This law goes more in depth but I'm not a fan of it. Moving on. 


Law 43: Work On The Hearts And Minds Of Others

The key to persuasion is softening people up and braking them down, gently. This does not mean break them down and make them feel like shit. There are two ways to approach this: Work on their emotions and play on their intellectual weaknesses. Be alert to both what separates them from everyone else (their individual psychology) and what they share with everyone else (their basic emotional responses). Once you move their emotions you have reduced their control, making them more vulnerable to persuasion. Primary emotions to target are love, hate and jealousy. Push people to despair, then give them relief. If they expect pain and you give them pleasure, you win their hearts. The quickest way to secure people's minds is by demonstrating, as simply as possible, how an action will benefit them. "The Keyhole. People build walls to keep you out; never force your way in -- you will find only more walls within walls. There are doors in these walls, doors to the heart and mind, and they have tiny keyholes. Peer through the keyhole, find the key that opens the door, and you have access to their will with no ugly signs of forced entry.". 


Law 42: Strike The Shepherd And The Sheep Will Scatter

Trouble can often be traced to a single strong individual--the stirrer, the arrogant underling, the poisoner of goodwill. If you allow such people room to operate, others will succumb to their influence. Do not wait for the troubles they cause to multiply, do not try to negotiate with them--they are irredeemable. Neutralize their influence by isolating or banishing them. Strike at the source of the trouble and the sheep will scatter. 

In every group, power is concentrated in the hands of one or two people, for this is one area in which human nature will never change: People will congregate around a single strong personality like planets orbiting a sun. Powerful people will never waste time (Law 35: Master The Art Of Timing). Outwardly they may play along with the game-pretending that power is shared among many-but inwardly they keep their eyes on the inevitable few in the group who hold the cards. Stirrers thrive by hiding in the group, disguising their actions among the reactions of others. Render their actions visible and they lose their power to upset. "A Flock of Fatted Sheep. Do not waste precious time trying to steal a sheep or two; do not risk life and limb by setting upon the dogs that guard the flock. Aim at the shepherd. Lure him away and the dogs will follow. Strike him down and the flock will scatter--you can pick them off one by one.". Focus on the Shepherd not the Sheep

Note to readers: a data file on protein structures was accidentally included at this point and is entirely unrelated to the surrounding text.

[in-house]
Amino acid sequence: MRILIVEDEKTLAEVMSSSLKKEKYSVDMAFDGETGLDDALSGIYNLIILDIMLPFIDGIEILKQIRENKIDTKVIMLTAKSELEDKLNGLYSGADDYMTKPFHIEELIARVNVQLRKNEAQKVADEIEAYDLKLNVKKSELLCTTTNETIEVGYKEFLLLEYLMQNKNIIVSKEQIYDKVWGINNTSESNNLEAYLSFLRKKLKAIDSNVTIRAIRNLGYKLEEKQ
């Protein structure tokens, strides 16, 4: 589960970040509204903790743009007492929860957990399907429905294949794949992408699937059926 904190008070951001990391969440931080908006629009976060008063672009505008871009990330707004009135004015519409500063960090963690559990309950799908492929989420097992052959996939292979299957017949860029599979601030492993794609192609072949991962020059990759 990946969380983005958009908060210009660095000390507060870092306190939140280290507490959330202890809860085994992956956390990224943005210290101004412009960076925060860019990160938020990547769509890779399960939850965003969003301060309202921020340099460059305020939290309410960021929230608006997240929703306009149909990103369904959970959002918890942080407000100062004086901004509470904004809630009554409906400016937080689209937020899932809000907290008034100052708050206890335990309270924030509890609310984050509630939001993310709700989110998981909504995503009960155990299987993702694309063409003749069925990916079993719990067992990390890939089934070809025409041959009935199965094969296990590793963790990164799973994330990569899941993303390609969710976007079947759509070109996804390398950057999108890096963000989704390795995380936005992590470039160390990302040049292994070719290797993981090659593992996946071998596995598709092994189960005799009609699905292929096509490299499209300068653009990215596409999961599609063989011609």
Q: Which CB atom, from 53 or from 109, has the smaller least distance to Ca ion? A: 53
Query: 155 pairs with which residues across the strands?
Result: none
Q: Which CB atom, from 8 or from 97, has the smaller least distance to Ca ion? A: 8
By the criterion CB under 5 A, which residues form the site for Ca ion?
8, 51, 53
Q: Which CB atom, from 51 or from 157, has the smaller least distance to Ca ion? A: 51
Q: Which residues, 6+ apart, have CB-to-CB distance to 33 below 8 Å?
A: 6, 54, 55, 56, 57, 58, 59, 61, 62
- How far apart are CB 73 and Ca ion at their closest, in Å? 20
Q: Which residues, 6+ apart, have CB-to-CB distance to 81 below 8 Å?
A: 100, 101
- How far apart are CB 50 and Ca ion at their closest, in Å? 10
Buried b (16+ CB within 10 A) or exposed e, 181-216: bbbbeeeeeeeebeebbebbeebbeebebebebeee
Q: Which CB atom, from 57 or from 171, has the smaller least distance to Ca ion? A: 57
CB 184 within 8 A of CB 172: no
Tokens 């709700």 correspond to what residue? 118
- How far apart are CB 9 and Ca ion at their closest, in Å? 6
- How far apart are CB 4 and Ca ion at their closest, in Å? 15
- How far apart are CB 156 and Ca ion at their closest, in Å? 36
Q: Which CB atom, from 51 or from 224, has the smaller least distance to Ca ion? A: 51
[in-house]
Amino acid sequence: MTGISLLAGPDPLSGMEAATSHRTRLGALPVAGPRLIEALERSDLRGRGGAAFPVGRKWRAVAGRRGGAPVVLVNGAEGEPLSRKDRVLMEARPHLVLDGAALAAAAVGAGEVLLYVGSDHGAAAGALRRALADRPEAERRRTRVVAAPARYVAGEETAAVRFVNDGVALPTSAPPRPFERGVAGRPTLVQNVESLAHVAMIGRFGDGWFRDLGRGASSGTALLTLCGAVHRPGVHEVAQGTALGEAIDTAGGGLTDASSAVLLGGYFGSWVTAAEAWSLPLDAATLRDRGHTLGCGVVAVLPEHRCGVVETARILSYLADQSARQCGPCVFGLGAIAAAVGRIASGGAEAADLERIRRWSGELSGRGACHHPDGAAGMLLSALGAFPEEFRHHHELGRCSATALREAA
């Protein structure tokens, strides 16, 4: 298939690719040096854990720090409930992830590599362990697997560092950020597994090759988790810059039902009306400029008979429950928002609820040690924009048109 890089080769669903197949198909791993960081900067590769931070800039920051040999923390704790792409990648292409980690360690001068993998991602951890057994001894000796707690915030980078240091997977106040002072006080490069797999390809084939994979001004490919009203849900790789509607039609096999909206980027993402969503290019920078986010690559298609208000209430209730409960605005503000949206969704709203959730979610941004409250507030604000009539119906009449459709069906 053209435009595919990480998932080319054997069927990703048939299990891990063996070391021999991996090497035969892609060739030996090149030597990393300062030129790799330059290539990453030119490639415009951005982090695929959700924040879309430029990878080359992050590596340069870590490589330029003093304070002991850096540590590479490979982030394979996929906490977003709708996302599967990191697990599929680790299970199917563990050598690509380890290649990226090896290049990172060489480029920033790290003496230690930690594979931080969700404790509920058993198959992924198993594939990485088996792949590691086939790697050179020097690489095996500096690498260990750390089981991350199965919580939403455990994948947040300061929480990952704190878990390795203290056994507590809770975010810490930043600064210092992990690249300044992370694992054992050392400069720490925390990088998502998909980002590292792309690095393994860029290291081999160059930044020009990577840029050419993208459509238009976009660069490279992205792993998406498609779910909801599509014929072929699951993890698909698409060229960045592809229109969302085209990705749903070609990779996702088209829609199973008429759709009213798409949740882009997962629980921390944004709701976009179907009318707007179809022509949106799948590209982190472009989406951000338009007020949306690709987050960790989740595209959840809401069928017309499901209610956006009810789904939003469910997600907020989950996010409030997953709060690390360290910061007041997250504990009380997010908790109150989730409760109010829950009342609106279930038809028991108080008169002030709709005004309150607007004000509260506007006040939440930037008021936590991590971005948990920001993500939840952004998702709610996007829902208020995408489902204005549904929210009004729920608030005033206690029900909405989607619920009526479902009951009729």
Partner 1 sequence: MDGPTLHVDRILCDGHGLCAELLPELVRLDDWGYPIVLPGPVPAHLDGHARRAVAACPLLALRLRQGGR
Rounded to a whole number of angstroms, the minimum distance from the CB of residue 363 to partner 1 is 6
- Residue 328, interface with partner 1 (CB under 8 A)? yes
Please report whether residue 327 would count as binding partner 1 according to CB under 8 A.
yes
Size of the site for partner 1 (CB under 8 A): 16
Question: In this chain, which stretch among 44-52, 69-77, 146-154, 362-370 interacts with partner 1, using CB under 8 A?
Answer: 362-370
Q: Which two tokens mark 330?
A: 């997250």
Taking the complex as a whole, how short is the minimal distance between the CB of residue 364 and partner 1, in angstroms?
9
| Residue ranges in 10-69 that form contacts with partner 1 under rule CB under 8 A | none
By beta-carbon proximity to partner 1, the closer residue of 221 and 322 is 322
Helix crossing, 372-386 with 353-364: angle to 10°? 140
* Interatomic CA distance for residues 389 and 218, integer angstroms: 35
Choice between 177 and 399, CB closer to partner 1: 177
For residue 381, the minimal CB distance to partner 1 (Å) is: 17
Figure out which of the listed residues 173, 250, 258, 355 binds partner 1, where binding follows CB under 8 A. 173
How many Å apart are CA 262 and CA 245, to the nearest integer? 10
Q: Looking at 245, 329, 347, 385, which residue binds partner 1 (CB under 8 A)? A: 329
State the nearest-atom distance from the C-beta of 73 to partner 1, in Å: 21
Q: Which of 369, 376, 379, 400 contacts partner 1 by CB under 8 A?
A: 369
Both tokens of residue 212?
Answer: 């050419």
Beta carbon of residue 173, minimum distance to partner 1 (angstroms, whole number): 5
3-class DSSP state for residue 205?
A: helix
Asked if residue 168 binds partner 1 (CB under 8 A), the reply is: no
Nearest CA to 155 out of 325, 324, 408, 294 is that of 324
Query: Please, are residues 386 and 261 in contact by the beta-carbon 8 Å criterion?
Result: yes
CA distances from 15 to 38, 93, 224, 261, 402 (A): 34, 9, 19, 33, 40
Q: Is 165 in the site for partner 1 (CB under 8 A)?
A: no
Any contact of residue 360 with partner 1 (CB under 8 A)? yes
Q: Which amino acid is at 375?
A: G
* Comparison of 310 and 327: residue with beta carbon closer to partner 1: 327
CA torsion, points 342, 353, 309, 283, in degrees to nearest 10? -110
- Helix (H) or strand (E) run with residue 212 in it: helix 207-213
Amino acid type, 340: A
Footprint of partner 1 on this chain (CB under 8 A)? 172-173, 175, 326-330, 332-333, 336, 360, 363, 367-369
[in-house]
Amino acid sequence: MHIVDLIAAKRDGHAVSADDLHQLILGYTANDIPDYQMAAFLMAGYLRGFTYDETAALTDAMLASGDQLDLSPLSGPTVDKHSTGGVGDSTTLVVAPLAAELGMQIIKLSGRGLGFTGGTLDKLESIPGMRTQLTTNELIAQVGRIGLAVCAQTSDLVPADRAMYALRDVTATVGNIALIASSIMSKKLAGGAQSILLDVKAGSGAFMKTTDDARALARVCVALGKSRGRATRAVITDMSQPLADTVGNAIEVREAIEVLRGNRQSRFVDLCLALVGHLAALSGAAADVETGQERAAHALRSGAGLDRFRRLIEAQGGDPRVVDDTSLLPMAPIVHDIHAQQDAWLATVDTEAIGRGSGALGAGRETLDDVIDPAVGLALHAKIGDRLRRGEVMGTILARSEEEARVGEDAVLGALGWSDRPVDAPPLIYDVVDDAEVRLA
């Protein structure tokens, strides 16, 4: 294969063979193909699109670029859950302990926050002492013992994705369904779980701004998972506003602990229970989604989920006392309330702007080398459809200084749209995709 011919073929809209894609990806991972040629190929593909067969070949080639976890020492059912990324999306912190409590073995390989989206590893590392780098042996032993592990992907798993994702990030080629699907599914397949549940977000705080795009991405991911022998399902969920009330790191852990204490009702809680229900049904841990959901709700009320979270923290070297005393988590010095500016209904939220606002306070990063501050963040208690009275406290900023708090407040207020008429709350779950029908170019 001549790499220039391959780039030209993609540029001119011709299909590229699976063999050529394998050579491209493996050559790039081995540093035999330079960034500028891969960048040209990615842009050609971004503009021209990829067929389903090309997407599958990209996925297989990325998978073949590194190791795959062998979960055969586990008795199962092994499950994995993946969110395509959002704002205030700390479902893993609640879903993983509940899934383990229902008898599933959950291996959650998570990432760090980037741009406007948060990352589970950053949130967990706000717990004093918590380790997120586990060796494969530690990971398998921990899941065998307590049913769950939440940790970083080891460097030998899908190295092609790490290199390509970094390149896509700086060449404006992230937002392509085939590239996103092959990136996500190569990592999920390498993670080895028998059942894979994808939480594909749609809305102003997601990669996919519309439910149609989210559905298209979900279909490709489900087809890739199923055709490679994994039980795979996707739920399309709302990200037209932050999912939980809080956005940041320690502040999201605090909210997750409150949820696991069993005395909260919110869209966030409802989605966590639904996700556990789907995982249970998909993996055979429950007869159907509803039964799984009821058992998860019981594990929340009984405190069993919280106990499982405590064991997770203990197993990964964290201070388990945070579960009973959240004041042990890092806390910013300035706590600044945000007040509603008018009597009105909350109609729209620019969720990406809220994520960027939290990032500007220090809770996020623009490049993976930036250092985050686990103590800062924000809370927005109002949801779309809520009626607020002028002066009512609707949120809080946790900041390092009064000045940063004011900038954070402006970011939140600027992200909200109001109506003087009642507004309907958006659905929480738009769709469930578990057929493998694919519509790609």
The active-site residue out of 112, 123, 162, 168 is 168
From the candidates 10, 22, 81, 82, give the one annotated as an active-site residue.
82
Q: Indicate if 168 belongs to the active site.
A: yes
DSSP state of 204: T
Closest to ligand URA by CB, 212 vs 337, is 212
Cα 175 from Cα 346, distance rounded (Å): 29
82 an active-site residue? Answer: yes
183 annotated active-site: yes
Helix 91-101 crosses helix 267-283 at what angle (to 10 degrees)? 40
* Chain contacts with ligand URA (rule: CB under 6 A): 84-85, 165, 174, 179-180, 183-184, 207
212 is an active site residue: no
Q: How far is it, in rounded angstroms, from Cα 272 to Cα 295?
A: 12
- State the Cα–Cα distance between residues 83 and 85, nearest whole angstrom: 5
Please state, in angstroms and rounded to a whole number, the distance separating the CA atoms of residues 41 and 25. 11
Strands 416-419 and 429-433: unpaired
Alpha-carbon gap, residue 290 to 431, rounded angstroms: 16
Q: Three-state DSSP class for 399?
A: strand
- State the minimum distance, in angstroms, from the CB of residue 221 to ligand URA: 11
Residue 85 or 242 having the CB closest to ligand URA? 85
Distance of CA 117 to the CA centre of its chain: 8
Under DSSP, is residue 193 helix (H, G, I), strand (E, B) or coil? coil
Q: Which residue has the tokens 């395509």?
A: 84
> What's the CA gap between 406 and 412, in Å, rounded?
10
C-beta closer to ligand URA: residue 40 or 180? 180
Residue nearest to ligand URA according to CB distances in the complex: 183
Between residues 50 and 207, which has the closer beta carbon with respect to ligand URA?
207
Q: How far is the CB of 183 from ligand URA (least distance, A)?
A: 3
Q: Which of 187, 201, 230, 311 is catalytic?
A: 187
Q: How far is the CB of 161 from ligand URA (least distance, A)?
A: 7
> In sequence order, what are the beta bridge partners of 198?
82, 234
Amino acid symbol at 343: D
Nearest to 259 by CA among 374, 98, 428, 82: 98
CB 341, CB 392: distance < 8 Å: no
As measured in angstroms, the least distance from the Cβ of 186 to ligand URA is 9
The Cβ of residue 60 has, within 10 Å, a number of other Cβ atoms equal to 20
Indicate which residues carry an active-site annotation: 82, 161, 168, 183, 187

Law 41: Avoid Stepping Into A Great Man's Shoes

What happens first always appears better and more original than what comes after. If you succeed a great man or having a famous parent, you will have to accomplish double their achievements to outshine them. Do not get lost in their shadow, or stuck in a past not of your own making: Establish your own name and identity by changing course. Slay the overbearing father, disparage his legacy, and gain power by shining in your own way. 

Never let yourself be seen as following your predecesor's path. If you do you will never surpass him. You must physically demonstrate your difference, by establishing a style and symbolism that sets you apart. Most people are afraid to break the "norm", but they secretly admire those people who actually do it. The last thing you want to do is get comfortable once you get a taste of success and power. When our power is secure we have no need to act. This is dangerous especially for those who achieve success and power at an early age.


Law 40: Despise The Free Lunch

What is offered for free is dangerous--it usually involves either a trick or a hidden obligation. What has worth is worth paying for. By paying your own way you stay clear of gratitude, guilt and deceit. It is also often wise to pay the full price--there is no cutting corners with excellence. Be lavish with your money and keep it circulating, for generosity is a sign and a magnet for power.